Eric Moglia, of NOAA's Cooperative Institute for Research in Environmental Sciences, pumps air from sampling flasks to test them for leaks before preparing them for shipment to some 80 sites around the world.
Eric Moglia, of NOAA's Cooperative Institute for Research in Environmental Sciences, pumps air from sampling flasks to test them for leaks before preparing them for shipment to some 80 sites around the world. (CREDIT: Will Von Dauster, NOAA)

Greenhouse gases continued rising in 2013; 34 percent increase since 1990

May 2, 2014

By Monica Allen

NOAA's latest Annual Greenhouse Gas Index (AGGI), released Friday, May 2, 2014, shows that the warming influence from human-emitted gases continues to increase. This trend that began with the Industrial Revolution of the 1880s has accelerated in recent decades.

Driven in large part by rising levels of carbon dioxide (CO2), the AGGI increased 1.5 percent between 2012 and 2013. This means the combined heating effect of human-emitted, long-lived greenhouse gases currently in the atmosphere has increased by 1.5 percent in one year, and 34 percent since 1990.

"We continue to turn the dial up on this 'electric blanket' of ours without knowing what the resulting temperatures will be," said James Butler, Ph.D., director of the ESRL's Global Monitoring Division. "We know that the world is getting warmer on average because of our continued emissions of heat-trapping gases. Turning down the dial on this heating will become increasingly more difficult as concentrations of the long-lived greenhouse gases continue to rise each year."

Scientists at NOAA calculate the AGGI each year from several decades of atmospheric data collected through an international cooperative air-sampling network of up to 80 sites around the world. Researchers from CIRES, NOAA's Cooperative Institute for Research in Environmental Sciences at the University of Colorado Boulder, work with NOAA’s scientists at many stages – from shipping air sampling flasks around the world to air sampling and data analysis. This index provides scientists and decision-makers with information useful for understanding climate change and its present-day and potential future impacts on our communities.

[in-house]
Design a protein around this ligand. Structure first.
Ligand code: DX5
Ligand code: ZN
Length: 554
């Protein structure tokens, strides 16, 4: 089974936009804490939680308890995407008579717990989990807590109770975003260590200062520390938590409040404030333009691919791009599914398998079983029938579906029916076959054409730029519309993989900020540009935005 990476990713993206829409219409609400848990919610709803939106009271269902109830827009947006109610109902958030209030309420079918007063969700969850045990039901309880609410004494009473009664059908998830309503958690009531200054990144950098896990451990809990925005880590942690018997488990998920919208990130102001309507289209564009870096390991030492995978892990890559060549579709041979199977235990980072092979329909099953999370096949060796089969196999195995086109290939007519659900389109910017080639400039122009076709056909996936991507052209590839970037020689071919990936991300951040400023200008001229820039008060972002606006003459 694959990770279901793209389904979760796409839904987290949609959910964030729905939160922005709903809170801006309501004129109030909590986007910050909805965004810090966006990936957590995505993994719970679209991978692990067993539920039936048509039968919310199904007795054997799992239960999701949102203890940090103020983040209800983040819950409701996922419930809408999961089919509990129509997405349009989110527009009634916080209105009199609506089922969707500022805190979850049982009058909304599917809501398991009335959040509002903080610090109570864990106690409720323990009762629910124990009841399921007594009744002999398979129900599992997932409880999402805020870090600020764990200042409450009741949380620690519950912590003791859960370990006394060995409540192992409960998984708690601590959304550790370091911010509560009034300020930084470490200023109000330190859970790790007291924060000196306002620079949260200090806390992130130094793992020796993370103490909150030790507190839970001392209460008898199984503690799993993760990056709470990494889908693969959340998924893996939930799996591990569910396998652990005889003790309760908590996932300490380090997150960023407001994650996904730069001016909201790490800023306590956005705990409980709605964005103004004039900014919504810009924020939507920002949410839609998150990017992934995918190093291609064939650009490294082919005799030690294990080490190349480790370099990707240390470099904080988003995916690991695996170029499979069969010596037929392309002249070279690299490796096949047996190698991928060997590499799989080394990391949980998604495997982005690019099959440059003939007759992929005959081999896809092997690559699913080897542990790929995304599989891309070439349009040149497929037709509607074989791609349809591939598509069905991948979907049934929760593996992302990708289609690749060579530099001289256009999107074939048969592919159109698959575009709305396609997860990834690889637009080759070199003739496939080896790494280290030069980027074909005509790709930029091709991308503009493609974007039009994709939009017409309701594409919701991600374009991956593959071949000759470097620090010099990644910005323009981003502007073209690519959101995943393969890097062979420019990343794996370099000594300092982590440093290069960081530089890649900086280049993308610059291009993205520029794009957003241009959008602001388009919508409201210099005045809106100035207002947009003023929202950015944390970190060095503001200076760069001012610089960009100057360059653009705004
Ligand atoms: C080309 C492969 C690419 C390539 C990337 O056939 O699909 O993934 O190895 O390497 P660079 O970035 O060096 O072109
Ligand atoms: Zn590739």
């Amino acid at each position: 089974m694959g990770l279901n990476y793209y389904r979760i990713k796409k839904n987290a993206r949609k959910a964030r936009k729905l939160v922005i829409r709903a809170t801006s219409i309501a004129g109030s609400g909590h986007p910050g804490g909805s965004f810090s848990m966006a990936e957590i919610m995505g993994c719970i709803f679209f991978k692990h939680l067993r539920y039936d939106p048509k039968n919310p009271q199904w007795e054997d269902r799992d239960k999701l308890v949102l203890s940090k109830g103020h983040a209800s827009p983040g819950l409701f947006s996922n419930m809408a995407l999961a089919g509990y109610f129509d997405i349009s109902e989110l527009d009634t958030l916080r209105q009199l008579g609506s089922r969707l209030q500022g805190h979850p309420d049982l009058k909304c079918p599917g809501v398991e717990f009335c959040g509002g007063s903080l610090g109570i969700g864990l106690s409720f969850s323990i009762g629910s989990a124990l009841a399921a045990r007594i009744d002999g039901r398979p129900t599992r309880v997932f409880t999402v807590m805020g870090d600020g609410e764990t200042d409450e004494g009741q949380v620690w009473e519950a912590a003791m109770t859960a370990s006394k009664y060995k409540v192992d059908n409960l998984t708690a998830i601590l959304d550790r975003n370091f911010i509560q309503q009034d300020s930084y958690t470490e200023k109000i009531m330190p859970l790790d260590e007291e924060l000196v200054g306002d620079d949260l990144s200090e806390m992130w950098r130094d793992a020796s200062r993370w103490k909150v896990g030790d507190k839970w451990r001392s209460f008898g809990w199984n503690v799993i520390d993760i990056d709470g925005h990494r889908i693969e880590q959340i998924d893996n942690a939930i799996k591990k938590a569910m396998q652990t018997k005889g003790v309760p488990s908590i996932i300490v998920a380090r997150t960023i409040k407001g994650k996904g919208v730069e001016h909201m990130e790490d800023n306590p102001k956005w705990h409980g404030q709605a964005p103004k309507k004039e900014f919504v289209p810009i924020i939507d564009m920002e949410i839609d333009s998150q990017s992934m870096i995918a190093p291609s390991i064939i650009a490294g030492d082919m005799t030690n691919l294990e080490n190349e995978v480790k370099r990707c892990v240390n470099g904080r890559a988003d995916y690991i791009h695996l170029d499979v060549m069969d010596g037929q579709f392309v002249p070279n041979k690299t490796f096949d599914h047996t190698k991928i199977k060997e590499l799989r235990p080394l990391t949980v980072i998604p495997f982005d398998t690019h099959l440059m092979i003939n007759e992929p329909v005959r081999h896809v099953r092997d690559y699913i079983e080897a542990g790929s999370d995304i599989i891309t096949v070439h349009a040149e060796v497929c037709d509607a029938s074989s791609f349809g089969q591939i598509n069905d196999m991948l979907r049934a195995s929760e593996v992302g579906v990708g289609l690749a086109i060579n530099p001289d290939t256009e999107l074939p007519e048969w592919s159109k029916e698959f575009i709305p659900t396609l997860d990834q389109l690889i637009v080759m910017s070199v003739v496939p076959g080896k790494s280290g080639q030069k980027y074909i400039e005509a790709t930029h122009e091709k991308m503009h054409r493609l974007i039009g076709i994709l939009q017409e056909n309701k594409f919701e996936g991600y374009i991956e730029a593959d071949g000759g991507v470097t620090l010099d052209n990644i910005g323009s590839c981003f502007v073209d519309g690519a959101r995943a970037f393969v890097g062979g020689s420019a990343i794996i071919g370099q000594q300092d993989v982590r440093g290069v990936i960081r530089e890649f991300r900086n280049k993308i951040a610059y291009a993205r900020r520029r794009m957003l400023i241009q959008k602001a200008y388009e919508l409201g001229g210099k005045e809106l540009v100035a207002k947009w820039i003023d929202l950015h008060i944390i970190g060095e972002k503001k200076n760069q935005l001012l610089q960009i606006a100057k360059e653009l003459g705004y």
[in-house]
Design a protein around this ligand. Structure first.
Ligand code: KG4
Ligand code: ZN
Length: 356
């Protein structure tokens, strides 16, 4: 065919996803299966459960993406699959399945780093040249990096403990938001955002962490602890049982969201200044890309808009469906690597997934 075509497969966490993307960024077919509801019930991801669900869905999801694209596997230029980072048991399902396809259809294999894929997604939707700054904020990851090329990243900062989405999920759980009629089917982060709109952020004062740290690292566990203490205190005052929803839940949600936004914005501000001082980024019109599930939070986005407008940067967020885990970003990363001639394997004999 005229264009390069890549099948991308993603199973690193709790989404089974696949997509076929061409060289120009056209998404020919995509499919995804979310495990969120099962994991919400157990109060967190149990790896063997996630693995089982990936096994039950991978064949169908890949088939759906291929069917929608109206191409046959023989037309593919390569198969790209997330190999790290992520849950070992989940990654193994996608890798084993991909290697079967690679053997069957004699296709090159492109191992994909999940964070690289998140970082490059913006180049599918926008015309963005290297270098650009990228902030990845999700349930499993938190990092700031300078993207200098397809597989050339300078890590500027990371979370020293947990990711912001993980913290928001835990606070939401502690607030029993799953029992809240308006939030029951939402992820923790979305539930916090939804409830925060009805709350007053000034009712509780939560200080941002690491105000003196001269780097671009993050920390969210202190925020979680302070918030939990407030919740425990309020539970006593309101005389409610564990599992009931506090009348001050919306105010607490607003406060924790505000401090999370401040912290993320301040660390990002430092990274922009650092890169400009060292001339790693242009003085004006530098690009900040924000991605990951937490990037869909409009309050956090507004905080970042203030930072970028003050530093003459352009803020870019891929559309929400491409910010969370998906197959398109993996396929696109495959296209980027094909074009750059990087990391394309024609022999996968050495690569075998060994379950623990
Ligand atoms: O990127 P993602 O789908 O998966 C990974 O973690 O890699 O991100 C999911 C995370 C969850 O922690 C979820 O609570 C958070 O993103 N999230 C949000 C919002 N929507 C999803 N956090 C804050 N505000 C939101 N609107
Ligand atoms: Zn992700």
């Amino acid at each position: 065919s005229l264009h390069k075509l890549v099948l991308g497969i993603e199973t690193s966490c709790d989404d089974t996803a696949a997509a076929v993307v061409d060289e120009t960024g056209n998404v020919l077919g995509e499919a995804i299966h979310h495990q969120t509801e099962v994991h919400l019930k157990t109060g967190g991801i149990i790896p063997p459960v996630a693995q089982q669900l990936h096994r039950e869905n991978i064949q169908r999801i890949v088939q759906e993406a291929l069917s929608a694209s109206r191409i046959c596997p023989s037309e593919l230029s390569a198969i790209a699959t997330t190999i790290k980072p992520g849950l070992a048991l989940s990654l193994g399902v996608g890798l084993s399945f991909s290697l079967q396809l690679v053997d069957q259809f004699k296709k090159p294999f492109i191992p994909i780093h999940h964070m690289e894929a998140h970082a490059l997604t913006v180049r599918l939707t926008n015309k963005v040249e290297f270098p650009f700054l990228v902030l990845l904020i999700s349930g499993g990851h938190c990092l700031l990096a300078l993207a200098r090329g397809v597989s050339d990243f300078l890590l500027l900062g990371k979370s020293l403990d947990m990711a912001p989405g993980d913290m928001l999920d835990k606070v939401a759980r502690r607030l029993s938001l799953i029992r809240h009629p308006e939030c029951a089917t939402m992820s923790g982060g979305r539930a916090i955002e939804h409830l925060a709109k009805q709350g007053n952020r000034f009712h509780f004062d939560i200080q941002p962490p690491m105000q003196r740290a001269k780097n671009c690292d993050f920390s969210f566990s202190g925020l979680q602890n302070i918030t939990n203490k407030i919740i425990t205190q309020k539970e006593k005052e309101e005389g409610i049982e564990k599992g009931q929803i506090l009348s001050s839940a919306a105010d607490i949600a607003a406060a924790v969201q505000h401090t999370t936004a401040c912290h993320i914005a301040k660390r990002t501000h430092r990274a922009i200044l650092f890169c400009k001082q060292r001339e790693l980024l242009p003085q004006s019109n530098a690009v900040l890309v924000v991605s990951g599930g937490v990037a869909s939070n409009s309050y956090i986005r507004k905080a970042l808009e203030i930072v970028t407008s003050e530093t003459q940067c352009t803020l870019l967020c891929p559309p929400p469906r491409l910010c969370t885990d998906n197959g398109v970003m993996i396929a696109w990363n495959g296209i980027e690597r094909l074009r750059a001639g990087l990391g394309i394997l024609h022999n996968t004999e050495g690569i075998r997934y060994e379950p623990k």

In 2013, carbon dioxide concentrations for the first time in recorded history exceeded 400 parts per million(ppm) at Mauna Loa —considered a "global benchmark" monitoring site—in early May. This year, CO2 exceeded 400 ppm at Mauna Loa in mid-March, two months earlier than last year. Concentrations at Mauna Loa have continued to top 400 ppm throughout much of April and are expected to stay at historic high levels through May and early June, dropping in early summer only as trees and plants in the Northern Hemisphere begin to take up CO2 during the growing season.

Carbon dioxide continues to be the largest greenhouse gas contributor to climate change, responsible for 87 percent of the increase this past year. The annual rise in CO2 is consistent with trends in fossil fuel emissions and carbon dioxide uptake by the ocean and land ecosystems. Historically, about half of the carbon dioxide emitted is removed from the atmosphere by the ocean and land vegetation.

Atmospheric methane concentrations stabilized during the late 1990s and early 2000s, but have been rising again since 2007. The largest sources of methane emissions are naturally occurring and come from wetlands in the tropics. Human-caused methane emissions come from the production of coal, oil and natural gas, livestock, rice agriculture and waste. Nitrous oxide continues to rise at a steady rate. Nitrous oxide occurs naturally in the atmosphere, but has been increasing in recent decades owing largely to human-driven emissions associated with fertilizer applications, vehicles, and industrial emissions. Chemicals developed to replace ozone-depleting chlorofluorocarbons, or refrigerants, that were banned by the Montreal Protocol two decades ago are making up a larger share of greenhouse gases each year.

NOAA researchers developed the AGGI in 2004 and have updated it annually since. Although it currently is calculated for years starting in 1978, atmospheric composition data from ice cores and other records could allow the record to be extended back centuries.